How an Electronic Sprinkler System Can Meet the Demands of Today’s Storage Needs
Automatic fire sprinklers have remained relatively unchanged since their introduction in the 1800s. Advancements have been made, allowing for protection of more complex spaces and fire hazards, but the underlying fundamentals of how a sprinkler operates have not. Current fire sprinkler technology built on those fundamentals has become a limiting factor to rapidly evolving end-user needs. These needs, driven by ever-evolving technology, are seen clearly in the storage and warehousing sectors where e-commerce has changed the way consumers shop, forcing companies to change how they service them. Fast isn’t fast enough – two-day, overnight and same-day delivery are quickly becoming an expectation and logistics must evolve to support customer demands.
The Johnson Controls research and development team recognized that fire sprinklers were making it challenging for end-users to keep pace with the needs of their warehouses while also keeping their fire sprinkler systems up to code. The team approached the next evolution of storage protection by asking: What if your sprinkler system could think? What if your sprinkler system didn’t rely on the unknowable factors when facing a fire, such as sprinkler skipping? What if your sprinkler system knew where the fire was and could start controlling it sooner? The electronic sprinkler system can do all these things.
The UL Listed electronic sprinkler system consists of K16.8 ESFR sprinklers operated by an “intelligent” electronic sensing and control system. Electronic sensors detect the rate of temperature rise, which allows for quicker detection of a heat source. Once a fire is validated by multiple sensors, the system activates an array of sprinklers simultaneously to “surround and drown” the fire. This technology gets water to the fire sooner, avoids sprinkler skipping, maximizes the amount of water applied to burning materials, and pre-wets adjacent unburned fuels to help prevent lateral fire spread. This concept was validated with multiple full-scale fire tests performed at the Underwriters Laboratories large burn lab facility in Northbrook, Illinois.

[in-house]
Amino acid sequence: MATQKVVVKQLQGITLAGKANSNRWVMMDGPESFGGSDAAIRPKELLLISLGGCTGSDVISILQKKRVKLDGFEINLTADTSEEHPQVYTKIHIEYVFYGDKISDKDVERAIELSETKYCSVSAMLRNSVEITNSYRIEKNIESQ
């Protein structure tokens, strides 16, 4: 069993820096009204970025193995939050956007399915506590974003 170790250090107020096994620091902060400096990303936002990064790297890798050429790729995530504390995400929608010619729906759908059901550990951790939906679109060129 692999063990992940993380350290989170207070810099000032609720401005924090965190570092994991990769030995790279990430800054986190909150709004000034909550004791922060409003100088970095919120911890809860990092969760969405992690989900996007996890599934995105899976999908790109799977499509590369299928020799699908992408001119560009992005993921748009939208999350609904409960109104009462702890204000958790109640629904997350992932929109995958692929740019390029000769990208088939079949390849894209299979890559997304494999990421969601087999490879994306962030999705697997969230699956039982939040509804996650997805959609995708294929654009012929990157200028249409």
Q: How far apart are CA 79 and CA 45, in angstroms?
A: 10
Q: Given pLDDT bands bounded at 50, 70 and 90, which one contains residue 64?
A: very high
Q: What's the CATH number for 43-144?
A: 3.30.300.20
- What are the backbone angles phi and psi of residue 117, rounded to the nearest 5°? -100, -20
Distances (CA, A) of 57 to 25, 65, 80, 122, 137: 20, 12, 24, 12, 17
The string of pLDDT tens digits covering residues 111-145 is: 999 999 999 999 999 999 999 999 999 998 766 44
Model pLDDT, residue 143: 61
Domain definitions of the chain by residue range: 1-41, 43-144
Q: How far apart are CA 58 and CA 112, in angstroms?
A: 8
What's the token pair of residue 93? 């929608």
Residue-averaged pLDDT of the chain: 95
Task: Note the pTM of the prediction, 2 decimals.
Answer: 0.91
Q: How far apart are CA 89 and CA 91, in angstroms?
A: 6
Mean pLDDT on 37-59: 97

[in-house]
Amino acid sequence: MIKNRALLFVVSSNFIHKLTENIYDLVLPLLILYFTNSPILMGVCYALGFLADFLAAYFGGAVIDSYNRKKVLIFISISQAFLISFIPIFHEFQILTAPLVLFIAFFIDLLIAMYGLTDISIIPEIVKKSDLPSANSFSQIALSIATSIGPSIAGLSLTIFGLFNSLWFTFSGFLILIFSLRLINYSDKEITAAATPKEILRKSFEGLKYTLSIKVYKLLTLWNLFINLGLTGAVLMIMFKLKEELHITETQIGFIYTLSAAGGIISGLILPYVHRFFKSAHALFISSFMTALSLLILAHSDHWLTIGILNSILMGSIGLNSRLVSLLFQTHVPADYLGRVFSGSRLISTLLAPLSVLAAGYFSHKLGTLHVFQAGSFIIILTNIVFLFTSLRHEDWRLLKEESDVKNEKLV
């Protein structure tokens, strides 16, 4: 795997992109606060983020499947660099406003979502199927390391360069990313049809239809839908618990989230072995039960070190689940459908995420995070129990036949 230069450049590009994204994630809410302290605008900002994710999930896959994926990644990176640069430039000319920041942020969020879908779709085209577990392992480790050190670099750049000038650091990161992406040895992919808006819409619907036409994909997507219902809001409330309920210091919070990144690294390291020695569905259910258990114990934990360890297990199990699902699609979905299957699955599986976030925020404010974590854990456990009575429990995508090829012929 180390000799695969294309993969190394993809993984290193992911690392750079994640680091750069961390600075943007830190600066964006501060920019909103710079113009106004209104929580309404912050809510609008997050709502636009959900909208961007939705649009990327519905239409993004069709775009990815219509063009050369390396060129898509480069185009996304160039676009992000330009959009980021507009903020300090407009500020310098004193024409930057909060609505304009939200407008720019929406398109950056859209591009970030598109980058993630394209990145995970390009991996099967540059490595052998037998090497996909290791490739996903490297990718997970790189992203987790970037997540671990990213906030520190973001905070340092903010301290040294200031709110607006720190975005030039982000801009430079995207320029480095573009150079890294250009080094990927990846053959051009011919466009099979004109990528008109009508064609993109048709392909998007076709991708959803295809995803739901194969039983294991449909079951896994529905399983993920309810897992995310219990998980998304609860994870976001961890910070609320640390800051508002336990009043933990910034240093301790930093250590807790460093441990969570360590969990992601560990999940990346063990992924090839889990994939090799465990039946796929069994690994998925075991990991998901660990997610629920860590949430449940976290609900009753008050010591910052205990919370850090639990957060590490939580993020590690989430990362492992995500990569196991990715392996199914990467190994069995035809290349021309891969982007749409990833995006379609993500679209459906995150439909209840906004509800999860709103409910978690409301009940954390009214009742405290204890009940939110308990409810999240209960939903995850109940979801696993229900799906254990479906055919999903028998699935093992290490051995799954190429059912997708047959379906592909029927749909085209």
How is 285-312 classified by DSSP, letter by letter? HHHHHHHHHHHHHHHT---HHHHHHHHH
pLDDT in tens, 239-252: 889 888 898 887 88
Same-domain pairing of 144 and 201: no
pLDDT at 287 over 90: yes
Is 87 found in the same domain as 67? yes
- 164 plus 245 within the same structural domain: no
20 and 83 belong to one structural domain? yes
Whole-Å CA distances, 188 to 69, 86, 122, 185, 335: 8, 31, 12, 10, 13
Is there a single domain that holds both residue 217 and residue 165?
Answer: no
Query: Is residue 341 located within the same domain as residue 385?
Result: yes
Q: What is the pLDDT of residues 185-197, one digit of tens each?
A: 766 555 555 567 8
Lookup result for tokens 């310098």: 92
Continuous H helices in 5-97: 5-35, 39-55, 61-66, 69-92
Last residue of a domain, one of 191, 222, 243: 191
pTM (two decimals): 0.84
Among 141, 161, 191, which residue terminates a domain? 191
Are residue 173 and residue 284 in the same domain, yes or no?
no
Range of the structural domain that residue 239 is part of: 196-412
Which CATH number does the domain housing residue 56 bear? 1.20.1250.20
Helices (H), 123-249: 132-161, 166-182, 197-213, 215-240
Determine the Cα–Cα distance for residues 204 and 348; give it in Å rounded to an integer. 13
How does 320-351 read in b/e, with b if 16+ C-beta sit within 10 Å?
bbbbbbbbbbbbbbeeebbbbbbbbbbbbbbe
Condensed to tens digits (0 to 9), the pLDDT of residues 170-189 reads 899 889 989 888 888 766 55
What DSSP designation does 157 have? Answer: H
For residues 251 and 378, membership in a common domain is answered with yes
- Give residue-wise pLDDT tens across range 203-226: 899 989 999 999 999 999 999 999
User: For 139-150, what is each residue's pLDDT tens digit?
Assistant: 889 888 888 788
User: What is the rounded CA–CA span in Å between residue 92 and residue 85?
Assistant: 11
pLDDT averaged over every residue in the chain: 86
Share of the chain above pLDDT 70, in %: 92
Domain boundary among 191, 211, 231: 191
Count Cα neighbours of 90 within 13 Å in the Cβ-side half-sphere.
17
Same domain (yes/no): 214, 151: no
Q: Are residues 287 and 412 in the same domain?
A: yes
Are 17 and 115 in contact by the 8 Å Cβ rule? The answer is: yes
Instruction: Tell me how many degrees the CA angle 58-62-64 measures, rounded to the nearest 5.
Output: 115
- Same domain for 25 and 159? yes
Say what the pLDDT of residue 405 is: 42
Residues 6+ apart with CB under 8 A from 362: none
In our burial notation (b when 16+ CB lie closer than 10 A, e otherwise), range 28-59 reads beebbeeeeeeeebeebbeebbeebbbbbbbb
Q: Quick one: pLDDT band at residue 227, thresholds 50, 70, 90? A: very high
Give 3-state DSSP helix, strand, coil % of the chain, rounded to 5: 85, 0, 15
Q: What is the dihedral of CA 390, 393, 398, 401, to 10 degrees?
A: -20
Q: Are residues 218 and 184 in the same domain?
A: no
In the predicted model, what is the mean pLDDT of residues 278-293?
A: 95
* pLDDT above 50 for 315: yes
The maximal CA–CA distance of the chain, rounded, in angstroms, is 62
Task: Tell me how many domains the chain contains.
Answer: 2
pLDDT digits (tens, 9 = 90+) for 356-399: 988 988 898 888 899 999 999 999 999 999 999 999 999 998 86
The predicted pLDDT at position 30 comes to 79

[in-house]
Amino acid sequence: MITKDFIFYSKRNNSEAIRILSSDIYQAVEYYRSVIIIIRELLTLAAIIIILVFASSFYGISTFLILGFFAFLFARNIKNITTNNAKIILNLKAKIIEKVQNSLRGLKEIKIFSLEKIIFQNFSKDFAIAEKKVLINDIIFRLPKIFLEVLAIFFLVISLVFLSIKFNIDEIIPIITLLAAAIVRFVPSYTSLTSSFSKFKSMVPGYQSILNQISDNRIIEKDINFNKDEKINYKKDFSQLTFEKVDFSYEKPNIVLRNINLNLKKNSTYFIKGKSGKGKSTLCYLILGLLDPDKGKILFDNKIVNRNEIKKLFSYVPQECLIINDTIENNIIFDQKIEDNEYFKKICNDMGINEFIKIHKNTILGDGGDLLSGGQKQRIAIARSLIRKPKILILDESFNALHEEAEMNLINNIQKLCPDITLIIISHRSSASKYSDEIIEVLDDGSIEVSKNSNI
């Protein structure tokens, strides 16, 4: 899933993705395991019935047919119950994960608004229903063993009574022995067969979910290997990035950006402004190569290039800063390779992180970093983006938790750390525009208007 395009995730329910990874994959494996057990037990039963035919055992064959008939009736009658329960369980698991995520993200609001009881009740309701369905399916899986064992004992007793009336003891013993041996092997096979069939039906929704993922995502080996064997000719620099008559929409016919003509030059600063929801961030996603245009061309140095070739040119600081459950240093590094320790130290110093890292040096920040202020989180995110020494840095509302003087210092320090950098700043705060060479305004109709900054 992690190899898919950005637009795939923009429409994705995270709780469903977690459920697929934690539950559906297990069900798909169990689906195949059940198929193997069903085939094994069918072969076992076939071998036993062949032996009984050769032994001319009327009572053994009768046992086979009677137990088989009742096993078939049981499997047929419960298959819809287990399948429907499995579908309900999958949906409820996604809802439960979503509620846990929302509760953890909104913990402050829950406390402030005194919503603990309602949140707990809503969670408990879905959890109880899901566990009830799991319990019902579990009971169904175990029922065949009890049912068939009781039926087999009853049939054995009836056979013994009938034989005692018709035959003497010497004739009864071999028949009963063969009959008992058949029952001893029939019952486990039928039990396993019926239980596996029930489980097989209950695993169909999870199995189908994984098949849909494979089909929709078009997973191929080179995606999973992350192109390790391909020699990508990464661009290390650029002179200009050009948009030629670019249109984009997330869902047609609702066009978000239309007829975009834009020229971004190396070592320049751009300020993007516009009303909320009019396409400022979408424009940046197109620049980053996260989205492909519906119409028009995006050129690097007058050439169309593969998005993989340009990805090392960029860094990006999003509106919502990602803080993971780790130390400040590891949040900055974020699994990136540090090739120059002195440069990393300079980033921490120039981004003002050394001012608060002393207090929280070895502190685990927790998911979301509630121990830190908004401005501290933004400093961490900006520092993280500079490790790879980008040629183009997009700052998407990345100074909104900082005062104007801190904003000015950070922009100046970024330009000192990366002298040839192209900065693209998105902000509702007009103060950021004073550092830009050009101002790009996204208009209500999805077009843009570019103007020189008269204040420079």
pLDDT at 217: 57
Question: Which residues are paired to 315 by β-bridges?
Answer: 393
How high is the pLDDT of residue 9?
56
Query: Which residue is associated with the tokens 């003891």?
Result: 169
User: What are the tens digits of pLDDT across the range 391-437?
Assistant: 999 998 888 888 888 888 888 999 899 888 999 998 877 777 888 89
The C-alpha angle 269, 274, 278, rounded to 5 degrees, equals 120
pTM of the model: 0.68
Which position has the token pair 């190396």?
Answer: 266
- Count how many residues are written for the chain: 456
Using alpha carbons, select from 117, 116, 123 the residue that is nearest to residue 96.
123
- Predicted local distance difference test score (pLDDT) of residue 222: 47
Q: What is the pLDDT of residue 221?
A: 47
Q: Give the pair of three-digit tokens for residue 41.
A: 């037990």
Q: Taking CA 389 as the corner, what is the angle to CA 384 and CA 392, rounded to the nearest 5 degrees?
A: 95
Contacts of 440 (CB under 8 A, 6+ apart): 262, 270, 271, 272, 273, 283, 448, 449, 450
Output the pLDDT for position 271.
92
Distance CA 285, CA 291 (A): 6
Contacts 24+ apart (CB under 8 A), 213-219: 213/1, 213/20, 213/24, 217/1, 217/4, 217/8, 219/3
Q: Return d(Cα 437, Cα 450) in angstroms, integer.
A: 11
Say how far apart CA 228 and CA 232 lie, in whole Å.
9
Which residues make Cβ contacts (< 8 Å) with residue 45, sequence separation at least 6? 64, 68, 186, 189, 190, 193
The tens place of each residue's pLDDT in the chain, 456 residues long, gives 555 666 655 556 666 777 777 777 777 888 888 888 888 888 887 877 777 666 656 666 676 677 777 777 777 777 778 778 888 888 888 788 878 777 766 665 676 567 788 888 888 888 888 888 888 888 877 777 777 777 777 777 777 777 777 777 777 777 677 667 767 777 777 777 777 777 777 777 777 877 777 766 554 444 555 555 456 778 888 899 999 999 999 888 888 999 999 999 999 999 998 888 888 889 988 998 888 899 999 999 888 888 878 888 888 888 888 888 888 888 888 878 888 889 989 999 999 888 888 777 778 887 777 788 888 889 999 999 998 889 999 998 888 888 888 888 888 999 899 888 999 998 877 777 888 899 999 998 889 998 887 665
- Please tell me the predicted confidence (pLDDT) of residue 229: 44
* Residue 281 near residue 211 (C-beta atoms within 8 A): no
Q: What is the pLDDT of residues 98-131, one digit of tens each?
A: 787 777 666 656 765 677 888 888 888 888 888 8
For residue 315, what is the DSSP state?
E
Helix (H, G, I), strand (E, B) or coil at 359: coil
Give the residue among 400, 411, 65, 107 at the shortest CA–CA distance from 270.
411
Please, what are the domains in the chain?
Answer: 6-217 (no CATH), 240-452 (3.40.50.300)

The test setup consisted of standard Exposed Expanded Plastic (EEP) commodity – polystyrene meat trays shrink wrapped on oak pallets and stored on double-row racks under a 35-ft and 40-ft smooth flat ceiling. The sprinkler used in the testing consisted of an existing commercially available ESFR sprinkler with a k-factor of 16.8 gpm/psi 0.5 that was modified to operate electrically. The detection and control system utilized standard addressable heat sensors that were hard-wired to a commercially available fire control panel. There was a single heat sensor located within 12-in. horizontally above every sprinkler. The panel was programmed to operate up to nine sprinklers simultaneously through basic control logic. Sprinklers were selected for operation using a sensitive rate-of-temperature-rise detection algorithm, and activated once specific triggering criteria were achieved. Figure 1 details the set up for four full-scale tests that were performed.
During the test series the following observations were made:
- In all tests, nine sprinklers operated simultaneously at or before the first ESFR sprinkler activation would typically have been observed.
- In all tests sprinkler operating arrays were contiguous and roughly centered around the point of fire ignition.
- In all tests the damage was limited to within two pallet loads laterally in either direction from ignition, well within the envelope of sprinkler operation with a significant wetted margin.
- Minor aisle jump was observed in Test 1 only, and was principally caused by burning commodityfalling into the narrow 4-ft wide aisle and igniting a single pallet load on the target array opposite ignition. During the course of the test this single pallet load was partially consumed. Due in part to this observation, Tests 2-4 were conducted using a wider 8-ft aisle.
- In all tests significant fire suppression was achieved within approximately 90 seconds from initial sprinkler operation
* Burn through of a single pallet at very bottom of target array ignited by falling debris from main array.
The results of this investigation demonstrate that the simultaneous activation of fire sprinklers surrounding the point of fire origin electric fire sprinklers operated by an “intelligent” fire detection and control system can provide adequate protection of exposed expanded group-A plastics stored on racks in warehouse applications without the need for vertical barriers. Further, protection can be achieved with up to 55 percent lower total system water demand as compared to existing alternatives.
1. UL LLC, “Protection of Rack Stored Exposed Expanded Group A Plastics with ESFR Sprinklers and Vertical Barriers” 2012, Fire Protection Research Foundation, Quincy, MA.
2. NFPA 13 Standard for the Installation of Sprikler Systems, 2016 Edition, NFPA, Qunicy, MA.
3. “Sprinkler Protection Criteria for Exposed Expanded Group A Plastics Project Summary” 2014, Fire Protection Research Foundation, Quincy, MA.
ABOUT THE AUTHOR: Gaurav Malik is global product manager of storage sprinklers and enterprise software, building technologies and solutions at Johnson Controls.